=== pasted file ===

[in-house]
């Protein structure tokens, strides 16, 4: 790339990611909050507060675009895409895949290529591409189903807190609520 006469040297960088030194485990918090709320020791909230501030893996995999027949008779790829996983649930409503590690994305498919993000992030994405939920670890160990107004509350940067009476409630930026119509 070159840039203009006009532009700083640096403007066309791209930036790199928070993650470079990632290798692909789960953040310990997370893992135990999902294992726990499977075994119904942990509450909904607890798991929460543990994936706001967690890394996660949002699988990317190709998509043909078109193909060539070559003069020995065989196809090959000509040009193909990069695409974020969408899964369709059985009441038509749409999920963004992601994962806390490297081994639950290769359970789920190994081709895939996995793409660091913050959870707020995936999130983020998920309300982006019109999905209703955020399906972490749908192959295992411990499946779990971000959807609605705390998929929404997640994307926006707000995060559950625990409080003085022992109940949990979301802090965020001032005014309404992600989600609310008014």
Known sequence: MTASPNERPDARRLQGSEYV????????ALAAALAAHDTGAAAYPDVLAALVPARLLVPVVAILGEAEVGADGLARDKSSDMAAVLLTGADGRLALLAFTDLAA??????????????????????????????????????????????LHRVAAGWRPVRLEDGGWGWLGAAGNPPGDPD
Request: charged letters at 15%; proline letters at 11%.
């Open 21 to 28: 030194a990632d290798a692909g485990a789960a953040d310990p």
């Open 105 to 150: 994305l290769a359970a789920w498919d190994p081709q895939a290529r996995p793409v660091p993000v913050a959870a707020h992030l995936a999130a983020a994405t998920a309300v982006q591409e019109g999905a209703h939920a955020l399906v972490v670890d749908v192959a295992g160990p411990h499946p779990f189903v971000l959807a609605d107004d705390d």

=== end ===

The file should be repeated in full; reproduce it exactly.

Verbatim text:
[in-house]
């Protein structure tokens, strides 16, 4: 790339990611909050507060675009895409895949290529591409189903807190609520 006469040297960088030194485990918090709320020791909230501030893996995999027949008779790829996983649930409503590690994305498919993000992030994405939920670890160990107004509350940067009476409630930026119509 070159840039203009006009532009700083640096403007066309791209930036790199928070993650470079990632290798692909789960953040310990997370893992135990999902294992726990499977075994119904942990509450909904607890798991929460543990994936706001967690890394996660949002699988990317190709998509043909078109193909060539070559003069020995065989196809090959000509040009193909990069695409974020969408899964369709059985009441038509749409999920963004992601994962806390490297081994639950290769359970789920190994081709895939996995793409660091913050959870707020995936999130983020998920309300982006019109999905209703955020399906972490749908192959295992411990499946779990971000959807609605705390998929929404997640994307926006707000995060559950625990409080003085022992109940949990979301802090965020001032005014309404992600989600609310008014």
Known sequence: MTASPNERPDARRLQGSEYV????????ALAAALAAHDTGAAAYPDVLAALVPARLLVPVVAILGEAEVGADGLARDKSSDMAAVLLTGADGRLALLAFTDLAA??????????????????????????????????????????????LHRVAAGWRPVRLEDGGWGWLGAAGNPPGDPD
Request: charged letters at 15%; proline letters at 11%.
């Open 21 to 28: 030194a990632d290798a692909g485990a789960a953040d310990p």
């Open 105 to 150: 994305l290769a359970a789920w498919d190994p081709q895939a290529r996995p793409v660091p993000v913050a959870a707020h992030l995936a999130a983020a994405t998920a309300v982006q591409e019109g999905a209703h939920a955020l399906v972490v670890d749908v192959a295992g160990p411990h499946p779990f189903v971000l959807a609605d107004d705390d």